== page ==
Our brand name is Vanderburgh House, but your home(s) will have its own name. For example, the Germain Home is a home is operated by Operator, LLC. Your home name should be stylized as follows:
Germain Home: a Vanderburgh House Recovery Community
When using the Vanderburgh House brand for your business, we you to conduct yourself in a professional, courteous, and diligent manner. The way you dress, speak, and carry yourself has a major impact on how the Vanderburgh House brand is perceived, and ultimately, your success as an organization.
Meetings with outsiders (outreach, tours, business meetings, etc.) warrant a business formal or business casual dress. For men, this would typically be slacks, tie-up formal shoes, belt, button-down shirt, tie, and sport coat. Business casual would be without the tie and sport coat. For women, this would be a suit or dress, slacks, or other attire appropriate for the event. When not expecting a meeting with outsiders, semi-casual dress is appropriate. We ask that hoodies, graphic tee-shirts, ripped or soiled clothing, or other casual attire is not worn at any times.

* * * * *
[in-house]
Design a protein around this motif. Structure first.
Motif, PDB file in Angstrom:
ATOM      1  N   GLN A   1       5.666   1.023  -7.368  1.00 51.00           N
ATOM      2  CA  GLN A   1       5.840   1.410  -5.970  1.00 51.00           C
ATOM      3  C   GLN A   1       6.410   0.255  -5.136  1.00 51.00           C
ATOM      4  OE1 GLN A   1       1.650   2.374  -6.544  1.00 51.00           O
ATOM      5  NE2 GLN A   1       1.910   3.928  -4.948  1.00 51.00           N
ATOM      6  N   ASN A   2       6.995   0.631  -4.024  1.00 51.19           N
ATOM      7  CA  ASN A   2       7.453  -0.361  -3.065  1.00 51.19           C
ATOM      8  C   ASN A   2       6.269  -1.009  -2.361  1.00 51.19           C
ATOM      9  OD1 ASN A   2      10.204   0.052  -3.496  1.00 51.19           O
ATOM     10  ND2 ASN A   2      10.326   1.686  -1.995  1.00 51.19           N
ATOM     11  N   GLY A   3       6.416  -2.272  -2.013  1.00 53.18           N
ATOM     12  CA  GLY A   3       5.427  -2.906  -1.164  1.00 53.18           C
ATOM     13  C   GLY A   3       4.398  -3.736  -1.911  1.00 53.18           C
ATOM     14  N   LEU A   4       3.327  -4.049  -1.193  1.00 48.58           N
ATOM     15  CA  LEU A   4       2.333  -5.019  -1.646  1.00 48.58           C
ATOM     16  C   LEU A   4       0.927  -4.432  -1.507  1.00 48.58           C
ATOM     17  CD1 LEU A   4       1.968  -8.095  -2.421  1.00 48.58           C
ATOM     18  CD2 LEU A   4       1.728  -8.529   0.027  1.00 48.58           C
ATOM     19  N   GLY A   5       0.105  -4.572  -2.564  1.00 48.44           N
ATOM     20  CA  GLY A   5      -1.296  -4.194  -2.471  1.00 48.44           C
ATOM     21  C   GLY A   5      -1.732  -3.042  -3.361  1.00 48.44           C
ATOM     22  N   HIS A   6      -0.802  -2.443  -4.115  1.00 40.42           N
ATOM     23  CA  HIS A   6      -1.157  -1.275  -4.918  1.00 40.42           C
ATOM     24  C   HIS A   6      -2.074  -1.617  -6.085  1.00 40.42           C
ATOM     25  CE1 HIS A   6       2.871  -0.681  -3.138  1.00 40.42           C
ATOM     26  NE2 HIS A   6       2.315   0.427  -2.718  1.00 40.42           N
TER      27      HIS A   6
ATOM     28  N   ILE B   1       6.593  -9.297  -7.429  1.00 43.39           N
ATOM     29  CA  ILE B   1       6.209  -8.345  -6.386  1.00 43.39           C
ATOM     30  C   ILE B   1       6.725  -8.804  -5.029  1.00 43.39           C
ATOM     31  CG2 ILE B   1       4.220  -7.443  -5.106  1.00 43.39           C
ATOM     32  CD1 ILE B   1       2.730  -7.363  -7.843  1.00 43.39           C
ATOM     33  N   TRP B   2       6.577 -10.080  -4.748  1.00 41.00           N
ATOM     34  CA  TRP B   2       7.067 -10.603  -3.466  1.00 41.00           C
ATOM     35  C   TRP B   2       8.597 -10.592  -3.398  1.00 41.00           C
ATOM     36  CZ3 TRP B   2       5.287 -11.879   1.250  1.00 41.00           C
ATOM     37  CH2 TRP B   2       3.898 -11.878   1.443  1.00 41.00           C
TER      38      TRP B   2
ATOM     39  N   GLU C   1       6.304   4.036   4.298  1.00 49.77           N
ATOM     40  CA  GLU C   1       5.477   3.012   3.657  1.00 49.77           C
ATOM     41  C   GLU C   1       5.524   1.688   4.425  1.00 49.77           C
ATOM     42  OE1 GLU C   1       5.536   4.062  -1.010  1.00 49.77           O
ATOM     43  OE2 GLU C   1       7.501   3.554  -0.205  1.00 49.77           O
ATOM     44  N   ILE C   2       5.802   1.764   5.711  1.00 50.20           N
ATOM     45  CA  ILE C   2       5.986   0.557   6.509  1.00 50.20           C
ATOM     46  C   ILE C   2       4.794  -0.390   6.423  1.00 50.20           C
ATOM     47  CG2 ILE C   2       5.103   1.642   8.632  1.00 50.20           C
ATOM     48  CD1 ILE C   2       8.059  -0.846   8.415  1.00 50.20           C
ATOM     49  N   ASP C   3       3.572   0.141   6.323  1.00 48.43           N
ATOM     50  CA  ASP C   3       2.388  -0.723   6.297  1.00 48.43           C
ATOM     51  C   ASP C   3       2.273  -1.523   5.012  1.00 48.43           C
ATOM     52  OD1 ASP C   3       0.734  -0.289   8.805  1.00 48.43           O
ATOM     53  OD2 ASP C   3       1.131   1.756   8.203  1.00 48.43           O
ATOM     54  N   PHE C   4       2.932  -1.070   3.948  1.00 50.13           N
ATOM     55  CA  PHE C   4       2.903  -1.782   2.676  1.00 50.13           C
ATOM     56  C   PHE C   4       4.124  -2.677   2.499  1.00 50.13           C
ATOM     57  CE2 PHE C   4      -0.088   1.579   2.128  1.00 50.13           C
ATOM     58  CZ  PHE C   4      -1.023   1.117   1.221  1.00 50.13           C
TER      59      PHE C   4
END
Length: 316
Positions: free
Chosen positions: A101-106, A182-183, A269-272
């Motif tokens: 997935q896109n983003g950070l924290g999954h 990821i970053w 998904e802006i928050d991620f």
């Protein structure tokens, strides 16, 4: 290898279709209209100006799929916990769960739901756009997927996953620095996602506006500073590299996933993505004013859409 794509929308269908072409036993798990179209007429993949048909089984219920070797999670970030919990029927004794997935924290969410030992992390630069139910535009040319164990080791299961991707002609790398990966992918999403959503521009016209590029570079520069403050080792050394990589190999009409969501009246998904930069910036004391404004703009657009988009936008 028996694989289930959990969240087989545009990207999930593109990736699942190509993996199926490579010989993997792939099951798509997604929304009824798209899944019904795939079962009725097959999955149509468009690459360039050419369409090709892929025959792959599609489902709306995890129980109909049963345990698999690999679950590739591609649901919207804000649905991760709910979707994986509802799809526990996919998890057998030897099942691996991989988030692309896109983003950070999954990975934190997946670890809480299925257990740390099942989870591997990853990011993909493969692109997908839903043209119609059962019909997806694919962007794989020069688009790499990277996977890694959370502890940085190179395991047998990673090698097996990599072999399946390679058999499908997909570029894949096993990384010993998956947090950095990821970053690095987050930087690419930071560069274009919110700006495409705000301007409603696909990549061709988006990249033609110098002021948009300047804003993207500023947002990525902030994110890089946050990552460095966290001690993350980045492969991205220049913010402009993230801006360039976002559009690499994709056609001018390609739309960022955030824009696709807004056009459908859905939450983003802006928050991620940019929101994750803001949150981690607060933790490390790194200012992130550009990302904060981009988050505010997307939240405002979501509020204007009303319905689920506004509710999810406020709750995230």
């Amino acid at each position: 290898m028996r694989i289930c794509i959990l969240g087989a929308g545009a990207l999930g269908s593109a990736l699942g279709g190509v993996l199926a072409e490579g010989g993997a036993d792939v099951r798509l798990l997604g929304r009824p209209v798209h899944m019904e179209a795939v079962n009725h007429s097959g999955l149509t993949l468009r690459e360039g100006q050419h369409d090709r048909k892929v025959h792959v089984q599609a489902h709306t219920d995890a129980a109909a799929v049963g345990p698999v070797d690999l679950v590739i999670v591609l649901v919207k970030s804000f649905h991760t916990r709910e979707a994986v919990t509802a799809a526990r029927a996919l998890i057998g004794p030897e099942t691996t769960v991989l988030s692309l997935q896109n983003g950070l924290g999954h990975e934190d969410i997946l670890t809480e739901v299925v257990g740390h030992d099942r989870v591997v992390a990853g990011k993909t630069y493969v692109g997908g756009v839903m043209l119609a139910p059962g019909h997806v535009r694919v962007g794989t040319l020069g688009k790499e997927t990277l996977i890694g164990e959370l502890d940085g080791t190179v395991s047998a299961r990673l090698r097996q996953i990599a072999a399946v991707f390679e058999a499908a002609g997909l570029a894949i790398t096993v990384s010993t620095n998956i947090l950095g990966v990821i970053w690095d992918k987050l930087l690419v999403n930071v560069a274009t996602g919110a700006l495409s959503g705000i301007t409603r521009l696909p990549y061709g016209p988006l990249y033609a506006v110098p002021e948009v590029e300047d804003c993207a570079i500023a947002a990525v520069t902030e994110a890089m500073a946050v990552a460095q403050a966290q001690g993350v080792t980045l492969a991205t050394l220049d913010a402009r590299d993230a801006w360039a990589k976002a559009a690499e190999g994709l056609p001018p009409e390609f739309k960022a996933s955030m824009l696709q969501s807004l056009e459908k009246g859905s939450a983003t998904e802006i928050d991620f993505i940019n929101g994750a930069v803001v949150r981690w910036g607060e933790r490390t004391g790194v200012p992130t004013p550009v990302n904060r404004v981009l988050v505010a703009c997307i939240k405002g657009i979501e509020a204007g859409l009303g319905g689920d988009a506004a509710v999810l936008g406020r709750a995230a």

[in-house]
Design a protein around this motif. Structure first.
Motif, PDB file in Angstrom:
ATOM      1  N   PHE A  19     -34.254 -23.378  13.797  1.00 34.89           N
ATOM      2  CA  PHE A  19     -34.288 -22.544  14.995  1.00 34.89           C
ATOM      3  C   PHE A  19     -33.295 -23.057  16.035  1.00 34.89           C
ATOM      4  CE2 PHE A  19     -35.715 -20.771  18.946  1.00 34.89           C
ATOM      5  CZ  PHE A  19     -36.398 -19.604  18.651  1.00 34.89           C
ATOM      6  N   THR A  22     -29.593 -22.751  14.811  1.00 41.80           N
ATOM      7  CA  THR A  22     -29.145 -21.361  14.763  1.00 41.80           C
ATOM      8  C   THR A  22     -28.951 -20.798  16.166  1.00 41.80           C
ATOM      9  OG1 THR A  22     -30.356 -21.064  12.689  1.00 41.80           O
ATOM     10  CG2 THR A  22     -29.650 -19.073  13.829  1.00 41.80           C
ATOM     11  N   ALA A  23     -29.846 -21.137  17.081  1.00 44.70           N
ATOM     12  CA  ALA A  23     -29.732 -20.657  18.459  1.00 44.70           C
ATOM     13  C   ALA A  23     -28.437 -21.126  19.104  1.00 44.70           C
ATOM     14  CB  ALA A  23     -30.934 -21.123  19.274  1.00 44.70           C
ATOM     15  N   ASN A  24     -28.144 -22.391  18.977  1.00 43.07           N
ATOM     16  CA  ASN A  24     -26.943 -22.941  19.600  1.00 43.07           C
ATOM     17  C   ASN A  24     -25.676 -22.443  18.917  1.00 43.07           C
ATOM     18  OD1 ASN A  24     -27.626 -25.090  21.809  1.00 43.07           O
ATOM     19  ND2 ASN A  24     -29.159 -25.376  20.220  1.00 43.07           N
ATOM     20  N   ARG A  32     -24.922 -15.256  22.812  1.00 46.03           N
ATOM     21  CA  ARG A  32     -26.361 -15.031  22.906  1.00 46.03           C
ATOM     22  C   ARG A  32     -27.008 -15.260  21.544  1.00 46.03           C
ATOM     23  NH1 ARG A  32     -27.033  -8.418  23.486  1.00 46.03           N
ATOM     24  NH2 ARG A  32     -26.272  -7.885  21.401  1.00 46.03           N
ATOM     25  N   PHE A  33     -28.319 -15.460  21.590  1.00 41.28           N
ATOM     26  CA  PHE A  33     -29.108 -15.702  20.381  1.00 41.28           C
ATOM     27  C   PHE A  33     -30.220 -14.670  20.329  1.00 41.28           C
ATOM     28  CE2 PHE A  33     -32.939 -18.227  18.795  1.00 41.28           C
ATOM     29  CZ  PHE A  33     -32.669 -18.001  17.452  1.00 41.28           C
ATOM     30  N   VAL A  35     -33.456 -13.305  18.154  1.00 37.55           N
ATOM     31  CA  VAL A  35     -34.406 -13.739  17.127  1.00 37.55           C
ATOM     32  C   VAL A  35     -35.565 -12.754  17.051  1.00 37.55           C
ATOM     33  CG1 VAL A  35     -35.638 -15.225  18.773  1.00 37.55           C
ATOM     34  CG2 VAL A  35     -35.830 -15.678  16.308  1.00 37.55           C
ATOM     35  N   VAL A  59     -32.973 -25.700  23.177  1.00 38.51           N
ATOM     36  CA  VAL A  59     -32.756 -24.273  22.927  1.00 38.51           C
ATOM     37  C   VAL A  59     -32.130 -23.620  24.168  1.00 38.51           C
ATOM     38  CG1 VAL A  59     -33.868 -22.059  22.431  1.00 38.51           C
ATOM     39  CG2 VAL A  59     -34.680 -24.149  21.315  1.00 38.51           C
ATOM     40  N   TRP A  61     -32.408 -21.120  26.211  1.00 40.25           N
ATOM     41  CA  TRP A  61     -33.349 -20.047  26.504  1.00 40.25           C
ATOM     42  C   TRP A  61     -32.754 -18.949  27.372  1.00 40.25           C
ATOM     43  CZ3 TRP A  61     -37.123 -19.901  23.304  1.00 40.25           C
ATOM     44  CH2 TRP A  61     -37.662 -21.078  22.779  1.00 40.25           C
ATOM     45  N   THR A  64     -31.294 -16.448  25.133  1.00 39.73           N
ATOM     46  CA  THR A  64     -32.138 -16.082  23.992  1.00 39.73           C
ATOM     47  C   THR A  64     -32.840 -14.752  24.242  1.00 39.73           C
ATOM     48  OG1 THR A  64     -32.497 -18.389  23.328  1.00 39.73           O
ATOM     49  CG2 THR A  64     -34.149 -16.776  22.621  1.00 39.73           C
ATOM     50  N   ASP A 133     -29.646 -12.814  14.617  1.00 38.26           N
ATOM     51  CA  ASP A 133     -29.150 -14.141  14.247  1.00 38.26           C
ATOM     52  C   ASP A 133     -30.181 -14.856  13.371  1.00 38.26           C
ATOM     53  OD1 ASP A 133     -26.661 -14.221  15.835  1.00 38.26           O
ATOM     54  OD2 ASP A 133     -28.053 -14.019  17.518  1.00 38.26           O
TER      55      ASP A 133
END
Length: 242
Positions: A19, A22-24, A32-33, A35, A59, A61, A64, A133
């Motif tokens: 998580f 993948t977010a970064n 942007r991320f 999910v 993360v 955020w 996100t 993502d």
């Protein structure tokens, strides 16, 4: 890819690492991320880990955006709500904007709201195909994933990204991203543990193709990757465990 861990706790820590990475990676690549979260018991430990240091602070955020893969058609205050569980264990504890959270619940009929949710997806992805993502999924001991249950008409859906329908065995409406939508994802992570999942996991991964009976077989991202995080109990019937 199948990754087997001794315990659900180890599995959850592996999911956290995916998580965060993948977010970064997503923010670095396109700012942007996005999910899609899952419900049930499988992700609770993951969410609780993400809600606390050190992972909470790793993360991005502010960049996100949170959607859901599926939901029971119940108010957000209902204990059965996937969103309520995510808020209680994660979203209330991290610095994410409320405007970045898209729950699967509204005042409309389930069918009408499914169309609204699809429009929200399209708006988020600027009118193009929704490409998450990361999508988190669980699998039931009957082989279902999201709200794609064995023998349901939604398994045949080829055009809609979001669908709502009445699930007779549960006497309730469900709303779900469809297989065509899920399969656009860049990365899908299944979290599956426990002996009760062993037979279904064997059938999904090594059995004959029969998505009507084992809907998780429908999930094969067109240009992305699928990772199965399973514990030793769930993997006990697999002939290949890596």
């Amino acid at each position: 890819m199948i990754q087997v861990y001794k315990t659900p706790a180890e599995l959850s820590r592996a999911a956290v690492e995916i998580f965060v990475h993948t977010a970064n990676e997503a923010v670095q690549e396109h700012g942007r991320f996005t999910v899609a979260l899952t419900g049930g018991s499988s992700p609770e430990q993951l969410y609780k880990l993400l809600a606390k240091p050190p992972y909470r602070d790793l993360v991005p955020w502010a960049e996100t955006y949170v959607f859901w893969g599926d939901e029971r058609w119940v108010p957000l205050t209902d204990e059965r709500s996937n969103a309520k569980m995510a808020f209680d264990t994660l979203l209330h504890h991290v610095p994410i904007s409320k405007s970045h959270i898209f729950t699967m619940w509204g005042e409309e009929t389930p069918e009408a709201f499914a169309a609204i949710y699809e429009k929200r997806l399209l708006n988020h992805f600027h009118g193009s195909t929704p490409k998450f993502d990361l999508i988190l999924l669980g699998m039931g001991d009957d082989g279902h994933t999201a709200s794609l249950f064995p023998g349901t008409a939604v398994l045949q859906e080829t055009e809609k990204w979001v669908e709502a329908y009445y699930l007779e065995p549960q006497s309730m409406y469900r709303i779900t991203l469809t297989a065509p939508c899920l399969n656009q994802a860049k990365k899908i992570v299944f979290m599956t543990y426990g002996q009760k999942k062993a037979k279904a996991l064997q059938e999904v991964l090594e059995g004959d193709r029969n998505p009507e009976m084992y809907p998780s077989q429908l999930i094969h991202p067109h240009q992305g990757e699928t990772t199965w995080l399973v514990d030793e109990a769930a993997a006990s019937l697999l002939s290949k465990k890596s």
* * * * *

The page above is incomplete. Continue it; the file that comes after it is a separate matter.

Typically, rental rates are set based on what the market will bear. This should take into account other sober living homes, other temporary housing, and other alternative living arrangements. What we have found is that sober living rates in shared rooms cost about 15% of the median gross rent for a given area on a weekly basis. For example, the city of Worcester, Massachusetts has a median gross rent rate, as shown on the Census Bureau website, of approximately $1,070. At 15%, this makes the rental rate of $160 per week for a shared room about average.